February 13 is the Anniversary of the Apology to the Stolen Generations
As we approach a Federal Election and reflect on the last twenty years of government, it is hard to think of a more encouraging action by any government than the Apology made by the then Prime Minister to Indigenous Australians who had been removed from their parents.
The significance of the Apology was that it was made to Indigenous people, in contrast to the removal of children which was a decision made about them. It inspired hope that the future actions of Governments which affected Indigenous people by Governments would be guided by conversation with them and not made at a distance from them. It was encouraging because it embodied a decency that we long for and try to build in the life of our families, but that we often fear is being lost in public life.
When teaching children a right way to live, there are three magic words: Please, Thank You, and Sorry. If they make these words central in their lives and mean them, they will treat everything in their lives as a gift, not as an entitlement, and will be equipped to make and heal relationships.
That is true also of the vulnerable young people with whom we work at Jesuit Social Services and of our society at large. People who grow up hurt and abused by people who are significant in their lives find it hard to connect with others except through fear, violence or withdrawal. They have learned to grab what they can, use whomever they can. They have learned never to say thank you, never to apologise. To grow and to build a happy life they must retrace their lives by discovering relationships in which they are respected. That is the beginning of learning ways to respect others. They will first learn to say thank you, and later in their journey they may make the crucial discovery of wanting to say sorry. Forming trusting relationships is the beginning of their journey and is central to our programs. And of course it is based on us being ready also to say to them, please, thank you and sorry.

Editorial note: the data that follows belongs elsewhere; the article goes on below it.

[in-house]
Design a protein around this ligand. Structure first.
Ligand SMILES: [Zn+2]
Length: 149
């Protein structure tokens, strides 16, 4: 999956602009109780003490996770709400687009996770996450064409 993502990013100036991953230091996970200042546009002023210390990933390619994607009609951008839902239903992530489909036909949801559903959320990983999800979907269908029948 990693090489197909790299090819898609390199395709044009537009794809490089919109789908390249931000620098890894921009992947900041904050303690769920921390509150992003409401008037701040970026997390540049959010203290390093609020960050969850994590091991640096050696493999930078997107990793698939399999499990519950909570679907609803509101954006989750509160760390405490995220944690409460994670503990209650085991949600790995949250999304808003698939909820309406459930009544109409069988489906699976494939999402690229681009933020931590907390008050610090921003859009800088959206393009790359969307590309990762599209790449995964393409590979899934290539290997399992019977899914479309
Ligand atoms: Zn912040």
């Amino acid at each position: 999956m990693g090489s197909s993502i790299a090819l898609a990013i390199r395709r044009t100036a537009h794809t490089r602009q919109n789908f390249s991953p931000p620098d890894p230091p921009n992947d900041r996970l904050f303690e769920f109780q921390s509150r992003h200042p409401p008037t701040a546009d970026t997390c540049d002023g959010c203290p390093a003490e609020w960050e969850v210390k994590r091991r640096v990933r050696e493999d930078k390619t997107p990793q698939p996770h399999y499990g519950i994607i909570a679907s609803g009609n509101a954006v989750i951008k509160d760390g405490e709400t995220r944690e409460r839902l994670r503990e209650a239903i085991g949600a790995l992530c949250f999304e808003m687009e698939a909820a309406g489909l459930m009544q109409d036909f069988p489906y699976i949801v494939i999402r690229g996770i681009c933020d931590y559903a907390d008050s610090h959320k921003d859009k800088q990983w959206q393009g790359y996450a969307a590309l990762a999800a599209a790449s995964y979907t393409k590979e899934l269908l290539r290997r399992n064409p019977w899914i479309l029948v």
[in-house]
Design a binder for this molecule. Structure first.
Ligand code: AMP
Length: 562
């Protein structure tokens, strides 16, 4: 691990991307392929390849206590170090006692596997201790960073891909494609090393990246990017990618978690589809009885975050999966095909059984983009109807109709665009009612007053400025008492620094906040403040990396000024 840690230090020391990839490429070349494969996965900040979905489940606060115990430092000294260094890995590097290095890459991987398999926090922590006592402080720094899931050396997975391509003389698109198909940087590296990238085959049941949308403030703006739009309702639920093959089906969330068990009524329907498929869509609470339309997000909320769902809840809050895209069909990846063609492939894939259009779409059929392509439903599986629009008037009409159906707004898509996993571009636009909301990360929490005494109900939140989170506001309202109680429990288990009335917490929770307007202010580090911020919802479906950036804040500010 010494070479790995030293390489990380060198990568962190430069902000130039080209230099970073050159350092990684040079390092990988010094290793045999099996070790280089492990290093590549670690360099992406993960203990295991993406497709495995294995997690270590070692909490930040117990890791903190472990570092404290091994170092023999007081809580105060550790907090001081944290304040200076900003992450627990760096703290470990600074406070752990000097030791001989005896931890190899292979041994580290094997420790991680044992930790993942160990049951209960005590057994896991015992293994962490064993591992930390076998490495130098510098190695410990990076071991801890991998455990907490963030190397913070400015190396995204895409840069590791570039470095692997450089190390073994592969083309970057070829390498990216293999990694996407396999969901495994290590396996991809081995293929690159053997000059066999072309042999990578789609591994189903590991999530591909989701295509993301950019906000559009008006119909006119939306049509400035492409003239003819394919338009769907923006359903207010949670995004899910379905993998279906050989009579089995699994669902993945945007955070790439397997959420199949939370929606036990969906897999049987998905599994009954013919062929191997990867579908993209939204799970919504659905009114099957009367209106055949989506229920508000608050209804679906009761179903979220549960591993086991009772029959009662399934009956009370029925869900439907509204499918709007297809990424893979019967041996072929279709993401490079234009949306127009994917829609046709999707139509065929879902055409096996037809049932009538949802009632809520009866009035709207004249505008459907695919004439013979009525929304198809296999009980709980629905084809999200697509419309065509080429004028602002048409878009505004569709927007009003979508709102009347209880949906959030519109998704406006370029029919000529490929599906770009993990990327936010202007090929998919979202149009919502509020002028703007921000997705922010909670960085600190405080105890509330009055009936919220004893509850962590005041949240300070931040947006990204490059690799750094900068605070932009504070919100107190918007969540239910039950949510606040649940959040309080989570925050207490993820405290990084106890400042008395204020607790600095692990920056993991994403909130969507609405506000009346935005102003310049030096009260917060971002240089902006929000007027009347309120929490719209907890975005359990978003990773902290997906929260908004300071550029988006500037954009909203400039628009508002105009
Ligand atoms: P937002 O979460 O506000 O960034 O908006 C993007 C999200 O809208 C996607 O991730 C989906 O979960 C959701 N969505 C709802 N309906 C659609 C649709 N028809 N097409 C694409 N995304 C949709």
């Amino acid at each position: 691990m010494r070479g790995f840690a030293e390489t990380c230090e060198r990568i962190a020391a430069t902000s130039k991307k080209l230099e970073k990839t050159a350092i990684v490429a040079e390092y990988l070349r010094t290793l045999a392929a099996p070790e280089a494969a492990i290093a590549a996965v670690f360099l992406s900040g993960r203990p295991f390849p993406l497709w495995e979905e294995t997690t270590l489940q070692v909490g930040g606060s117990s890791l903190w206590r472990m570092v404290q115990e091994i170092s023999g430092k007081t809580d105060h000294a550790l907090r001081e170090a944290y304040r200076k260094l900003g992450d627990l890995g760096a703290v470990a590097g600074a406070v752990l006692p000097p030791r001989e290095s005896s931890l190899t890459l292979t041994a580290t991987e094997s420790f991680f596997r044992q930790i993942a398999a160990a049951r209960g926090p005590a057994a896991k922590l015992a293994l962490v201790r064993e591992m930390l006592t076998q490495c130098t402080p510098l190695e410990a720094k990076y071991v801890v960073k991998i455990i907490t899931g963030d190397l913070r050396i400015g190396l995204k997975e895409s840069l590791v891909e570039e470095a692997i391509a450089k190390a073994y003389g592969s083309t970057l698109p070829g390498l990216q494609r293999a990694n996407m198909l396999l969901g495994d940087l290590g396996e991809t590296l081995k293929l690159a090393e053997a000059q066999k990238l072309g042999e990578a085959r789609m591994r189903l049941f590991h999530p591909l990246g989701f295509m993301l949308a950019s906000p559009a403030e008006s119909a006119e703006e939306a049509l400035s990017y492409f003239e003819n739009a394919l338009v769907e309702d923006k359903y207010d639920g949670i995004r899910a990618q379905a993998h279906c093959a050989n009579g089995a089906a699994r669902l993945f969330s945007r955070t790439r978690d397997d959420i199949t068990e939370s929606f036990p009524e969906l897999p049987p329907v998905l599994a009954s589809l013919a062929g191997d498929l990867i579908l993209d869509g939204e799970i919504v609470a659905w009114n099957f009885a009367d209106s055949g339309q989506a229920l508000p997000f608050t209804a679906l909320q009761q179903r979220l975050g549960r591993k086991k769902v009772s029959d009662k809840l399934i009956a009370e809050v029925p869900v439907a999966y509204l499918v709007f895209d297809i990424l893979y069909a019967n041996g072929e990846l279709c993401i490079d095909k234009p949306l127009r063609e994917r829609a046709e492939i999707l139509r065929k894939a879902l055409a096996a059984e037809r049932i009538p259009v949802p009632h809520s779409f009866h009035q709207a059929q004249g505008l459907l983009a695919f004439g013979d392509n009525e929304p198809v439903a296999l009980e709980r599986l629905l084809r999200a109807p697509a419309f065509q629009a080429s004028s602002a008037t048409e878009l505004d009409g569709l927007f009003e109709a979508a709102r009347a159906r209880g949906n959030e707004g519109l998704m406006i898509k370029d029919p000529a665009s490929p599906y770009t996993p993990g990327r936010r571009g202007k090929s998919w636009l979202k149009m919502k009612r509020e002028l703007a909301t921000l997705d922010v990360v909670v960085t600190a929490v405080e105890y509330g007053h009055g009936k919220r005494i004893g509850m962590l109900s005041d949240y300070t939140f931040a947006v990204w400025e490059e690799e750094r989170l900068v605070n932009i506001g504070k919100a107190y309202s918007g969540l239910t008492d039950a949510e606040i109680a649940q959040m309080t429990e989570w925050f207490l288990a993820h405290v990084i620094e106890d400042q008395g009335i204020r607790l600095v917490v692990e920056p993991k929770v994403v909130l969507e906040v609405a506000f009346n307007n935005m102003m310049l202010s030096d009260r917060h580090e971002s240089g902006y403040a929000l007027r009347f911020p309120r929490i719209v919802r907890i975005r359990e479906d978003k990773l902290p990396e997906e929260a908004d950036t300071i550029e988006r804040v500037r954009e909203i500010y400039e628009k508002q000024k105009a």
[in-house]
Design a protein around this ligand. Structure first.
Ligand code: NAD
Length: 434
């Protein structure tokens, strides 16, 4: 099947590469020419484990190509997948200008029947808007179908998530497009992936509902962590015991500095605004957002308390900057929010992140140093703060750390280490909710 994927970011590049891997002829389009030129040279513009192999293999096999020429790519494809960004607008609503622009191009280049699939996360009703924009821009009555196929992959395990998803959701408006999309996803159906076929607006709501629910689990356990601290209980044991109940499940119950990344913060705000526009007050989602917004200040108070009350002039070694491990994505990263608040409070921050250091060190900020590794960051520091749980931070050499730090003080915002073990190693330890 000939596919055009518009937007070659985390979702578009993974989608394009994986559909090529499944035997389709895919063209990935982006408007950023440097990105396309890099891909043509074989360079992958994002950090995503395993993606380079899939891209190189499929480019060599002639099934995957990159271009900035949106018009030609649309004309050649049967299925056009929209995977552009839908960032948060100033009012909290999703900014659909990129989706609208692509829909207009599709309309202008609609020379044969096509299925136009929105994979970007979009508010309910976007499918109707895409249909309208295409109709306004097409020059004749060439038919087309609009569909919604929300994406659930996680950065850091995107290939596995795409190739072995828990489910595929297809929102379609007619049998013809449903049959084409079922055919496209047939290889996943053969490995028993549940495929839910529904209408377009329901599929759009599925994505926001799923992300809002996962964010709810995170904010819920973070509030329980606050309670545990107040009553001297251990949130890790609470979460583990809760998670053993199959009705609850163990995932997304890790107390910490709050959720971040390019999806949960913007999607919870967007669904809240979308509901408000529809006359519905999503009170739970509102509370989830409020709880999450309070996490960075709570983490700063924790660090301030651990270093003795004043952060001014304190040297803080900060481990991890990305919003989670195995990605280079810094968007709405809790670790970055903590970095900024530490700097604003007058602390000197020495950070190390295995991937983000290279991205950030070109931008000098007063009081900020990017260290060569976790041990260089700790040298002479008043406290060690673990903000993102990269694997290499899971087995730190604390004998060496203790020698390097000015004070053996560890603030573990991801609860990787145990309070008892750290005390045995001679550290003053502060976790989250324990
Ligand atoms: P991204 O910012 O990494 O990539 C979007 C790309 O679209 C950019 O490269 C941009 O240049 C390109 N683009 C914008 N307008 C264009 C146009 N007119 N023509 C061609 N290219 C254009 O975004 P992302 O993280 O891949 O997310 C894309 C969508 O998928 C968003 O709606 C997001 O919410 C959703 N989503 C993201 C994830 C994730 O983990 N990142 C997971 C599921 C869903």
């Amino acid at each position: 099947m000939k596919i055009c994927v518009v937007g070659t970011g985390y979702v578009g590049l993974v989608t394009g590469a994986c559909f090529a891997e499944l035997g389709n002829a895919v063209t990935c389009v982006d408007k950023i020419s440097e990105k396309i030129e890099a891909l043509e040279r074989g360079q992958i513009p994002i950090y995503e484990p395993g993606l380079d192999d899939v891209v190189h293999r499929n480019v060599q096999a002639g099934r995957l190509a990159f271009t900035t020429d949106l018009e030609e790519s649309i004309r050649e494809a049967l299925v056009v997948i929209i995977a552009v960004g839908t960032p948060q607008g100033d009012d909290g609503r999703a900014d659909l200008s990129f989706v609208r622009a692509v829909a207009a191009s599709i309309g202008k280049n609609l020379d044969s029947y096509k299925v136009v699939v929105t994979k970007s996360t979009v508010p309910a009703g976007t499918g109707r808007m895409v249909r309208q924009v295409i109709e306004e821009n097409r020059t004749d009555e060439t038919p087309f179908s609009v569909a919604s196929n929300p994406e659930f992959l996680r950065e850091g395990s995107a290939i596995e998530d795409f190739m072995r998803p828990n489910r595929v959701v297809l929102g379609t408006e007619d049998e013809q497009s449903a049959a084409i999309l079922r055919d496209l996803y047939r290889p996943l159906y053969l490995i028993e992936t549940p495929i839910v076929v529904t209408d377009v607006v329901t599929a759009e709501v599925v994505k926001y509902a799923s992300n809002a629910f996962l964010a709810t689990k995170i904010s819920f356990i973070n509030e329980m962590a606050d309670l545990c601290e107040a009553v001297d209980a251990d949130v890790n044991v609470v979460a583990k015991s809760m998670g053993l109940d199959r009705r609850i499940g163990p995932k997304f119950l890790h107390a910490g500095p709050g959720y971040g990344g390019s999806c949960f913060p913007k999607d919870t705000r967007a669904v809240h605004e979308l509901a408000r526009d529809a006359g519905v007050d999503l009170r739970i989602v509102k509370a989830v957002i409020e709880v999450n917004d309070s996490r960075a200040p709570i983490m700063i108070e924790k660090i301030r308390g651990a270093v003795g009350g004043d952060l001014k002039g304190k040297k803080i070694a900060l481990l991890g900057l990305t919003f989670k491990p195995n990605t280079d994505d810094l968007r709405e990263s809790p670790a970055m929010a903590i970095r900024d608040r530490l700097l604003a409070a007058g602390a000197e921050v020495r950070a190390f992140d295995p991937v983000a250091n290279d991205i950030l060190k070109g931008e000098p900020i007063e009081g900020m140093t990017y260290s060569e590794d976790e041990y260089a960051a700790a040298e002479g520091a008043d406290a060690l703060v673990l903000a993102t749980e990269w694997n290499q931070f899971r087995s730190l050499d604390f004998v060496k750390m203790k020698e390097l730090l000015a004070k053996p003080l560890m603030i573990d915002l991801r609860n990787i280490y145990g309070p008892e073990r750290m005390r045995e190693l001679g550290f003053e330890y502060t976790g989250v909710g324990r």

Apology is a devalued art form in our society. In public life apologies often appear to have been purchased in bulk from a PR factory, or to be a form of aggression in which the person hurt is blamed for taking offence. In the social media that are young people’s playground, sorry is a word seldom spoken. Warriors on Facebook and Twitter are typically stone-solid in their convictions, effortlessly deny facts that might argue against their certainties, and are self-righteous in destroying others’ reputation or self-esteem. They are quick to move on but never look back, never apologise. Relationships once broken remain in fragments.
Apologies are about healing and new beginnings, about discovering self-respect to be a gift received when an apology is accepted. Apologies arouse hope and give life; refusals to apologise sap life from both parties involved. That is why the Apology to the stolen generations was so joyfully received by Australians.
The deeper challenge of apologies, of course, is not to say sorry but to mean it. In church language, contrition needs to be accompanied by a firm purpose of amendment. Apologies mark a change of heart that promises a change of life.
But it all begins with saying Sorry.
Fr Andrew Hamilton SJ writes for Jesuit Communications and Jesuit Social Services.